Thirty-nine patients had mantle cell lymphoma/leukemia (Table 1). Their median age at time of protocol participation was 58 (range, 40-76) years, including 10 (25.6%) patients > 65 years of age. All but one of the mantle cell patients received protocol therapy after initial cytotoxic therapy, most (32, 82%) in CR1. One patient was treated after a PR to salvage therapy. Thirty-six (92%) received R-CHOP as sole induction therapy, one patient received HyperCVAD (cyclophosphamide, hydroxydaunomycin, vincristine, dexamethasone, cytarabine and methotrexate) and 1 patient received R-EPOCH (rituximab, etoposide, prednisone, vincristine, and hydroxydaunomycin, and prednisone) as initial therapy with a median of 6 (range: 3-8) cycles. The relapsed patient received R-ICE [rituximab, ifosfamide, carboplatin, and etoposide] for progression after R-CHOP.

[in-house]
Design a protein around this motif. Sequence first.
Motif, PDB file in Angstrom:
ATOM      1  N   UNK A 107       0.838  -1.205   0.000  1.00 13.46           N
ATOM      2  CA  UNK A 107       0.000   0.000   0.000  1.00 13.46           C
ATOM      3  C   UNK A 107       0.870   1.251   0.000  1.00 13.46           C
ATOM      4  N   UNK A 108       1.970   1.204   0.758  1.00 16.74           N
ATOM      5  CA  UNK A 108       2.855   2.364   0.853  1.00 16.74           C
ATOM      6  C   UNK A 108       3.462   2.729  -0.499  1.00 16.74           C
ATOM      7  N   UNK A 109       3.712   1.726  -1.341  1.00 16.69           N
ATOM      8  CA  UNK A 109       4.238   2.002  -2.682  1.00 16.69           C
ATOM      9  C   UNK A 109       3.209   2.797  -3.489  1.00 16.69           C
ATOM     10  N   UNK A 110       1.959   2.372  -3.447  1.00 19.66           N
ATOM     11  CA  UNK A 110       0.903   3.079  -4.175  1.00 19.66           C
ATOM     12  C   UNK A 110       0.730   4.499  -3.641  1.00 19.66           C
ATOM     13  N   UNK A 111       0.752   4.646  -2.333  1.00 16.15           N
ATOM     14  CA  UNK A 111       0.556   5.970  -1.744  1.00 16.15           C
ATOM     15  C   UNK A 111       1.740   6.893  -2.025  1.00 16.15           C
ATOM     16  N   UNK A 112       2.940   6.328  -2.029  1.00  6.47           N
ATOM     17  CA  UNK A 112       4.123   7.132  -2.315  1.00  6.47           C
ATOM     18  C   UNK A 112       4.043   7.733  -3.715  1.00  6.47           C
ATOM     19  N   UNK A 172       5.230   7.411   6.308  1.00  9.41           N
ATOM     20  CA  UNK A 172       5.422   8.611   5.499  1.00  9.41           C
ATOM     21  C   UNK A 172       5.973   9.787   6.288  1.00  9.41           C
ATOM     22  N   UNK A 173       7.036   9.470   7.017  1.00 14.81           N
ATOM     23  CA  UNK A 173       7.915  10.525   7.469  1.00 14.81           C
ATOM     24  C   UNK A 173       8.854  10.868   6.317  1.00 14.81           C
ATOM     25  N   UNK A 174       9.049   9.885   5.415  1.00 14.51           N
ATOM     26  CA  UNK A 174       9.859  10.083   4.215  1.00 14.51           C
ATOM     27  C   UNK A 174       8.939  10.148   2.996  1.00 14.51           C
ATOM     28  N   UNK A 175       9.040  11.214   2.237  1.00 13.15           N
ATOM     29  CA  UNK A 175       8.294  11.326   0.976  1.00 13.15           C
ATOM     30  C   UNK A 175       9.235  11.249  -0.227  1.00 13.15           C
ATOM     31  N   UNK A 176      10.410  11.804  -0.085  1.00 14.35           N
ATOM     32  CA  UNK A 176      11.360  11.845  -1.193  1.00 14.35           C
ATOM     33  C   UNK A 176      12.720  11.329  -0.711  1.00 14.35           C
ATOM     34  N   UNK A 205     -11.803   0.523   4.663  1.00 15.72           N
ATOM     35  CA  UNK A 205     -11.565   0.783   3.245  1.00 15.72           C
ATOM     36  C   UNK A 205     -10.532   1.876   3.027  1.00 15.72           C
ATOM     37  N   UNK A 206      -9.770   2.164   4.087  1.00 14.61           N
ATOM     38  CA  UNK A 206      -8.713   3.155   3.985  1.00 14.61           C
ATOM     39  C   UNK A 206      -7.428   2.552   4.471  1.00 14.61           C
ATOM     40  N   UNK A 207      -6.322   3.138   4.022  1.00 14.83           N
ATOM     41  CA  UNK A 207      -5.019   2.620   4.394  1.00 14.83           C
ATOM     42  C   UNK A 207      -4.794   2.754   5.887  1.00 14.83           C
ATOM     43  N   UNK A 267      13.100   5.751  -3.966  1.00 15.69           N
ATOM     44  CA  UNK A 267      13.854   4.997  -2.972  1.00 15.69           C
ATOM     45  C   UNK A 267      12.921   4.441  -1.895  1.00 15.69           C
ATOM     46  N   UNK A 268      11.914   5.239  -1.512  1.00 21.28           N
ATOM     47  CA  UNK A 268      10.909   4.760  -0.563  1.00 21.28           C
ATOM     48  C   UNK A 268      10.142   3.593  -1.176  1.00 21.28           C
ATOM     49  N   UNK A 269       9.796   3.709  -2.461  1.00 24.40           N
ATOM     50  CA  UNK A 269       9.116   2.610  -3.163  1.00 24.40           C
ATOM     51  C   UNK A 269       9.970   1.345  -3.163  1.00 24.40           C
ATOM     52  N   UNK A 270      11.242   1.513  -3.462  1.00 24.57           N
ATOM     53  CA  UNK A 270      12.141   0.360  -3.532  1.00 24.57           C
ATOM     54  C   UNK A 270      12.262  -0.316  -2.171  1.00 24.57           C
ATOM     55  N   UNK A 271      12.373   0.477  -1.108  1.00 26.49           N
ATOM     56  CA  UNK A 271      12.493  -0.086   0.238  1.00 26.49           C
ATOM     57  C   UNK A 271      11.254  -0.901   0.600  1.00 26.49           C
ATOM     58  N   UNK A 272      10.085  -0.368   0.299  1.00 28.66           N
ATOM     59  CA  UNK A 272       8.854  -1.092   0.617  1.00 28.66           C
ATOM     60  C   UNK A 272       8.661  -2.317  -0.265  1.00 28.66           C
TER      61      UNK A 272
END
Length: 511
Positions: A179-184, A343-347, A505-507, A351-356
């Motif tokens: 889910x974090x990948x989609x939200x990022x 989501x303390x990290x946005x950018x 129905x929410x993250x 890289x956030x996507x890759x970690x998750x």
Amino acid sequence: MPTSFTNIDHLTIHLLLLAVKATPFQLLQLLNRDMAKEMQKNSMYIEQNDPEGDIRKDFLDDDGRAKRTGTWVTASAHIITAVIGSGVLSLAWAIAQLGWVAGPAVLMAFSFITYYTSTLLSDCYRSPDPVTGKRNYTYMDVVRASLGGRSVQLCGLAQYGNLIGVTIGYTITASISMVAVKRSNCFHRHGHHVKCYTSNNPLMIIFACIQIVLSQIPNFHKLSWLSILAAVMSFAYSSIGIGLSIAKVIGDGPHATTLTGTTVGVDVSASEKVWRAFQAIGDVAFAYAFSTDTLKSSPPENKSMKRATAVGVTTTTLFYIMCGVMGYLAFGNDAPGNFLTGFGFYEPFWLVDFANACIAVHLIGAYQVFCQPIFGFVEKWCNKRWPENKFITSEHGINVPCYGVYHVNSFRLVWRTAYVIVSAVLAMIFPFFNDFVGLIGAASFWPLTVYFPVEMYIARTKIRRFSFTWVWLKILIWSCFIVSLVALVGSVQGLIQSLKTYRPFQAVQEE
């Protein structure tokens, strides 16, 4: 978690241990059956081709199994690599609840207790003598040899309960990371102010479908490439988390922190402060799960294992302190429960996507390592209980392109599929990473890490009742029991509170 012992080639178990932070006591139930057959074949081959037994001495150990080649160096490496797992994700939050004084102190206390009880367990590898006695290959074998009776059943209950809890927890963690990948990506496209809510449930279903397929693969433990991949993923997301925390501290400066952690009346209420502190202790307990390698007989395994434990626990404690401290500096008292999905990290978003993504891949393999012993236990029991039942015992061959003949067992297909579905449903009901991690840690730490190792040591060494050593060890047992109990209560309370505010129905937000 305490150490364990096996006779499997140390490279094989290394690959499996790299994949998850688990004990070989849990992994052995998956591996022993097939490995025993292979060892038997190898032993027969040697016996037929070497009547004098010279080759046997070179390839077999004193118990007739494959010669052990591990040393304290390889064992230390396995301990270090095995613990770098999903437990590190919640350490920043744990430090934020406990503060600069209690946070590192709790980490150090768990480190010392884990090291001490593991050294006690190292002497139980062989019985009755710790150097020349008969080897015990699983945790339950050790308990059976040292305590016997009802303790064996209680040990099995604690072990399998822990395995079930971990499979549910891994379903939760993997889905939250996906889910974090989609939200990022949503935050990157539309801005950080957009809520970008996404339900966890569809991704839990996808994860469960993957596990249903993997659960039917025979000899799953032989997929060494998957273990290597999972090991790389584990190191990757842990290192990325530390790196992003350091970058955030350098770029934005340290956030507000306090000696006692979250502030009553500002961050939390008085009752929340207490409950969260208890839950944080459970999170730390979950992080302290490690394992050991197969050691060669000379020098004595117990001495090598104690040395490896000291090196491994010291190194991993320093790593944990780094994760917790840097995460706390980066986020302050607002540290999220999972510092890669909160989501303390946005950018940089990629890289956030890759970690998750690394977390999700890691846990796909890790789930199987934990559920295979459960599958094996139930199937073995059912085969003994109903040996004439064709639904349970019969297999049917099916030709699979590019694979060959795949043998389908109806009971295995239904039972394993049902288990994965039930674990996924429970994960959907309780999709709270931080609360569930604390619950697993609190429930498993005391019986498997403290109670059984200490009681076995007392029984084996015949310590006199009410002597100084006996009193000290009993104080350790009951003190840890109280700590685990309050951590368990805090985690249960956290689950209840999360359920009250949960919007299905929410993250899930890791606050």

Toxicities

High-dose cyclophosphamide (HDC) induced the expected pancytopenia with an absolute neutrophil count (ANC) of <100/μL in all patients; most patients also required red cell and platelet transfusions (Table 2). All patients experienced full hematopoietic recovery. The median time to an ANC ≥500/μL from the initiation of high-dose cyclophosphamide was 15 (range, 11 to 32) days. The median time to an untransfused platelet count of ≥ 20 × 109/L from the initiation of cyclophosphamide was 15 (range, 0-43) days; 15 (18.5%) patients never experiencing a platelet count <20 × 109/L and did not receive platelet transfusions.

Table 2
Treatment Related Cytopenias and Hospitalizations